One hundred eighty-five S. aureus isolates recovered from patients with infections were analyzed for the presence of the PVL locus and mecA genes by PCR (Table (Table1).1). Seventy-two (39%) were positive for the PVL locus. mecA was detected in 40 (22%) of the isolates; 12/40 (30%) isolates were PVL and 28/40 (70%) were PVL+. All PVL+ S. aureus isolates were analyzed by multilocus sequence typing (MLST), and their spa types were determined. The 72 PVL+ isolates belonged to 20 different STs, corresponding to 36 different spa types (Table (Table11).

Clinical samples and isolates used in this study and PVL detection by specific ICT and ELISAa

Extracellular PVL production was evaluated by analyzing the supernatants for all 185 isolates. By ICT, PVL was detected in all 72 supernatants derived from the PVL+ isolates, while no signal was observed with the 113 supernatants from the PVL strains.

The quantity of PVL produced in vitro was determined by ELISA. The level of PVL in the supernatants varied among isolates, ranging from 0.09 to 14.57 μg/ml (median, 1.28 μg/ml). There was no difference in the levels of PVL production in vitro between mecA-positive (mecA+) and mecA-negative (mecA) isolates (for the mecA+ isolates the median was 1.17 μg/ml and the range was 0.24 to 14.57 μg/ml, and for the mecA the median was 1.69 μg/ml and the range was 0.09 to 14.40 μg/ml; P = 0.33). In order to examine whether isolates belonging to specific STs were higher-level PVL producers, the STs with nine and more isolates, i.e., strains belonging to ST8, ST30, ST80, or ST121, were compared (Fig. (Fig.1).1). The PVL levels in the supernatants of ST8 isolates (median, 5.05 μg/ml; range, 3.56 to 14.57 μg/ml) were similar to the PVL levels in the supernatants of ST121 isolates (median, 7.98 μg/ml; range, 0.26 to 14.30 μg/ml) (P = 0.81), but the PVL levels in the supernatants of both ST8 and ST121 isolates were higher than those in the supernatants of ST80 isolates (median, 0.75 μg/ml; range, 0.09 to 3.55 μg/ml; P = 0.007 and 0.003, respectively) and ST30 isolates (median, 0.44 μg/ml; range, 0.10 to 14.40 μg/ml; P = 0.005 and P = 0.003, respectively). The PVL levels in the supernatants of ST80 isolates and ST30 isolates were similar (P = 0.054).

FIG. 1.
Variability of PVL production among clinical isolates of S. aureus with a given genetic background. Isolates were grouped according to their multilocus sequence type. ST8 MRSA strains correspond to the USA300 CA-MRSA clone, ST80 strains correspond to ...

Clinical specimen analysis.

The clinical specimens prospectively collected from patients with S. aureus infections were blindly analyzed in the Lyon laboratory for the presence of PVL.

By ICT, PVL was detected in 57/72 S. aureus PVL+ specimens (79%) (Tables (Tables11 and and2).2). These samples were derived from 53/64 (83%) pus samples from skin infections, 2/2 bone abscess samples, and 2/6 pulmonary samples (Table (Table1).1). The two positive pulmonary specimens corresponded to pleural fluids, while the negative specimens comprised one pleural fluid specimen, one BAL specimen, one sputum specimen, and one tracheal aspirate specimen. All 113 S. aureus PVL specimens were negative by ITC. Thus, for clinical specimens, the sensitivity and the specificity of ICT were 79% and 100%, respectively (Table (Table22).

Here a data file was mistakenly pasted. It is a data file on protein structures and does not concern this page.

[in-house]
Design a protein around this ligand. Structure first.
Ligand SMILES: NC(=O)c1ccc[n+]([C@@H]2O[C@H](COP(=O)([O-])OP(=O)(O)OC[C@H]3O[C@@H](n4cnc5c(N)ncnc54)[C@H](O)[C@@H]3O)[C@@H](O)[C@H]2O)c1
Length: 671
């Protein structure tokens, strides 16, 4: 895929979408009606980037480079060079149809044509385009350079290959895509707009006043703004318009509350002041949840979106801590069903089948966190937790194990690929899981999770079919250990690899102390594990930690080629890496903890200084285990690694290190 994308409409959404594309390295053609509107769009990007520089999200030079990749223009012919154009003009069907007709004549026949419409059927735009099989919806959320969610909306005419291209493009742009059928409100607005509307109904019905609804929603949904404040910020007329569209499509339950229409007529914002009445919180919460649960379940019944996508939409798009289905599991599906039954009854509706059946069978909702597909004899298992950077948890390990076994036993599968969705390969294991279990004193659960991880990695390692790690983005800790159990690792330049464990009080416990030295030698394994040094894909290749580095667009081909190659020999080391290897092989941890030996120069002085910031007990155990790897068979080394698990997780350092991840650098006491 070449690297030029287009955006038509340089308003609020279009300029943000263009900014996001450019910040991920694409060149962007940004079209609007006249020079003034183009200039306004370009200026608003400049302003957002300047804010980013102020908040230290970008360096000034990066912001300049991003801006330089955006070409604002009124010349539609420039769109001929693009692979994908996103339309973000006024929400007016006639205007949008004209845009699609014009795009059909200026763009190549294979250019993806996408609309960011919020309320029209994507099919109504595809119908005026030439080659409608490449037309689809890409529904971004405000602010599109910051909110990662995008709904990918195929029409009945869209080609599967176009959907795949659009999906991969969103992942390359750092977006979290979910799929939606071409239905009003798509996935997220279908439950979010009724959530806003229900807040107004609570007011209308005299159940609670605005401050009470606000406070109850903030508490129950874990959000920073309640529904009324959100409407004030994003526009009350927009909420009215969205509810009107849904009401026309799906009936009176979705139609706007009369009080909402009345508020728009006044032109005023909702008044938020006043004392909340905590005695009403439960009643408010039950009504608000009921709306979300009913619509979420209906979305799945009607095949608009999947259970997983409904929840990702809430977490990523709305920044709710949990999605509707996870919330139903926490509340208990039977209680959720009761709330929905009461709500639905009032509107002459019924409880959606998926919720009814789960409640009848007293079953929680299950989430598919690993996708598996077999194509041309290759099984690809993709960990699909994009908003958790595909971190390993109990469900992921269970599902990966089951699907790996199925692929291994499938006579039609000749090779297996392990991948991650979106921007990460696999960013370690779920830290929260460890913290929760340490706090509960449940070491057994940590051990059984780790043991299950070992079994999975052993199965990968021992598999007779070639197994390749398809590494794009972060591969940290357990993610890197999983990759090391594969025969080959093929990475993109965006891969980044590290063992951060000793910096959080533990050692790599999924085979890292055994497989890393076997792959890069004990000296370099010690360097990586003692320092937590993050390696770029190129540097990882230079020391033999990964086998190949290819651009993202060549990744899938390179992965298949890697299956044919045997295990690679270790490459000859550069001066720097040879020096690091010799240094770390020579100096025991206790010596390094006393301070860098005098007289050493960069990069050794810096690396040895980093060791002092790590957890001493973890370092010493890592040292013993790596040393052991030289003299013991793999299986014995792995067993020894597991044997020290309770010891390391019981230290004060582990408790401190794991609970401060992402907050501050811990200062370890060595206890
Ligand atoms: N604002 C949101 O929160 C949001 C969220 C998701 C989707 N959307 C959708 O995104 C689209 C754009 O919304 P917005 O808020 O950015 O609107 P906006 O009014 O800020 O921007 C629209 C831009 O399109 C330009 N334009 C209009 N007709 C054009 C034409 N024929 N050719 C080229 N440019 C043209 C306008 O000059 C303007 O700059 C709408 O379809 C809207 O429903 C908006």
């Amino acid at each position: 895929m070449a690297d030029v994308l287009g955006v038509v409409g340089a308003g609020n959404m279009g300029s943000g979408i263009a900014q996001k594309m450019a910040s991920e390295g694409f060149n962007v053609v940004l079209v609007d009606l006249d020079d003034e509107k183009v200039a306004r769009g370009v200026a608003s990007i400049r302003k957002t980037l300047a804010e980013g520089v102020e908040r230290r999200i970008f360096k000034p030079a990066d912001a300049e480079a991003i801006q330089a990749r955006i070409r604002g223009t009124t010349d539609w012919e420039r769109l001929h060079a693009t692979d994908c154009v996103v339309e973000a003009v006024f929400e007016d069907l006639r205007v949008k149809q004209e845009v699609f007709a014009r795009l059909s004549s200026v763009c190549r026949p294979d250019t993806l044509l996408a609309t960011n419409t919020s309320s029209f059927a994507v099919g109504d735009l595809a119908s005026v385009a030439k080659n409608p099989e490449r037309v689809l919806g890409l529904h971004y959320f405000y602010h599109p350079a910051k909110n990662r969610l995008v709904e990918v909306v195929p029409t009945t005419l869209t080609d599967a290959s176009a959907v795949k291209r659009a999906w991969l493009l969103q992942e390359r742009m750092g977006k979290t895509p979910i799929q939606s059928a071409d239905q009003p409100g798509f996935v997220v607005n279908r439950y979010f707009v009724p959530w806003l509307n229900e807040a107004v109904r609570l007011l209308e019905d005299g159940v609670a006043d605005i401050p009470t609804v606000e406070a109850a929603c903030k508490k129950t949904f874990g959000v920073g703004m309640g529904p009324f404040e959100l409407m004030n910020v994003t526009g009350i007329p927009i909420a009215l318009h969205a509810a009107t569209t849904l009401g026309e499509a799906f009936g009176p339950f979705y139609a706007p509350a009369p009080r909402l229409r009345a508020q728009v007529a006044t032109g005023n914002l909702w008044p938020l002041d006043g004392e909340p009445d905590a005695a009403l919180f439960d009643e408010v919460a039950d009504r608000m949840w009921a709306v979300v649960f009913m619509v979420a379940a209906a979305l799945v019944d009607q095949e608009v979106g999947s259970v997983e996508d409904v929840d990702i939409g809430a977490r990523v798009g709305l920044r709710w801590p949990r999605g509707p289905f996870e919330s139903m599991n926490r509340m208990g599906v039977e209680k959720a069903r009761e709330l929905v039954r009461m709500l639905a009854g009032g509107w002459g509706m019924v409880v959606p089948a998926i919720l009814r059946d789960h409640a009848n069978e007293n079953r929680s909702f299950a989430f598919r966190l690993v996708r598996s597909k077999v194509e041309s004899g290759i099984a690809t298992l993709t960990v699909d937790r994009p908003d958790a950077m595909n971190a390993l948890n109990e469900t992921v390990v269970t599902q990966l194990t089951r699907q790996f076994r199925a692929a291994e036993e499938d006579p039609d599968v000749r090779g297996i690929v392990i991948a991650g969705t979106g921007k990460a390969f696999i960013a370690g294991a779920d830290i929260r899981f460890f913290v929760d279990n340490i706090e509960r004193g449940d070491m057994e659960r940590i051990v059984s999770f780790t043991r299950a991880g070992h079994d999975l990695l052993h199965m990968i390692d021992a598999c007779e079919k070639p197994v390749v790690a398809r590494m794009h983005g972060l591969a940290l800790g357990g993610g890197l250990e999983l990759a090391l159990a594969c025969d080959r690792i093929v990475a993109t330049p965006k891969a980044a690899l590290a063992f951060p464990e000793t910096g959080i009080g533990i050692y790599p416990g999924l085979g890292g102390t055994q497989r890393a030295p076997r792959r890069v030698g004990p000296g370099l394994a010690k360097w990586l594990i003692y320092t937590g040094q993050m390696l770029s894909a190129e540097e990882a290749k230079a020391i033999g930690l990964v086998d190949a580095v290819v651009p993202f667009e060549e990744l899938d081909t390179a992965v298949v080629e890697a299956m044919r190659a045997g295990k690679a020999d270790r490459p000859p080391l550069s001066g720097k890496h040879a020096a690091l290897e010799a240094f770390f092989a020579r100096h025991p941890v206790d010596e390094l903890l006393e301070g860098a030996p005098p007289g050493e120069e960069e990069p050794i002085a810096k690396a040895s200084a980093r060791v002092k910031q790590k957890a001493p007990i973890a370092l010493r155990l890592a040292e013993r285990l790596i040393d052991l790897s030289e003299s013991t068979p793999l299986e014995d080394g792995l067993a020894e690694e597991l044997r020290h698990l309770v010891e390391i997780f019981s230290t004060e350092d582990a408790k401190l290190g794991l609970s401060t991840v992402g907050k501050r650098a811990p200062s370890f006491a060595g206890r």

Results obtained by ICT and ELISA with the clinical specimens

By ELISA, the PVL concentrations in the 72 S. aureus PVL+ samples had a median of 0.42 μg/ml (range, 0 to 399 μg/ml), as shown in Fig. Fig.2.2. The PVL concentrations had medians of 0.54 μg/ml (range, 0 to 399 μg/ml) in pus from skin infections, 0.11 μg/ml (range, 0 to 0.33 μg/ml) in pulmonary samples, and 128.4 μg/ml (range, 0.10 to 256 μg/ml) in bone abscess samples.

FIG. 2.
Variability of PVL concentration among clinical specimens containing S. aureus isolates with a given genetic background. Isolates were grouped according to their multilocus sequence types, while the PVL concentrations in samples from which the corresponding ...

PVL was not detected by ELISA in seven human samples harboring PVL+ strains. Those samples were also negative for PVL by ICT. Eight S. aureus PVL+ samples negative for PVL by ITC had detectable values by ELISA: median, 0.29 μg/ml (range, 0.021 to 1.049 μg/ml). There was no difference in the PVL levels in pus from skin infections related to whether the corresponding PVL+ S. aureus infecting isolates were mecA+ or mecA (P = 0.40).

Likewise, the PVL levels in the skin abscess specimens were not related to a certain genetic background (ST; i.e., ST8, ST80, ST30, and ST121) (P value range, 0.07 to 0.68) (Fig. (Fig.2).2). PVL was detected in only two samples that grew S. aureus PVL strains; these were two pus samples from skin infections, in which we detected 0.005 μg/ml of PVL, which corresponds to the detection limit of our ELISA. The area under the ROC curves was 0.97 (95% confidence interval, 0.93 to 0.99; P < 0.001), and 0.015 μg/ml was determined to be the cutoff value for the ELISA. By use of this cutoff value, PVL was detected in 65/72 (90%) of the S. aureus PVL+ clinical specimens. They corresponded to 59/64 (92%) of the samples of pus from S. aureus PVL+ skin infections (39/40 [98%] from France and 20/24 [83%] from other countries; P = 0.038), 2/2 S. aureus PVL+ bone abscess samples, and 4/6 (67%) of the pulmonary samples from patients with S. aureus PVL+ pneumonia. The sensitivity and the specificity of the ELISA were 90% and 100%, respectively (Table (Table2).2). The results observed by ELISA and ICT were strongly correlated (P < 0.001). When we compared the PVL concentrations in clinical specimens to those produced by the corresponding isolates in vitro, we did not find a correlation (Pearson correlation test, P = 0.20). However, there were very good correlations between the presence of the genes by PCR, in vivo production (of any concentration), and in vitro production (P < 0.001).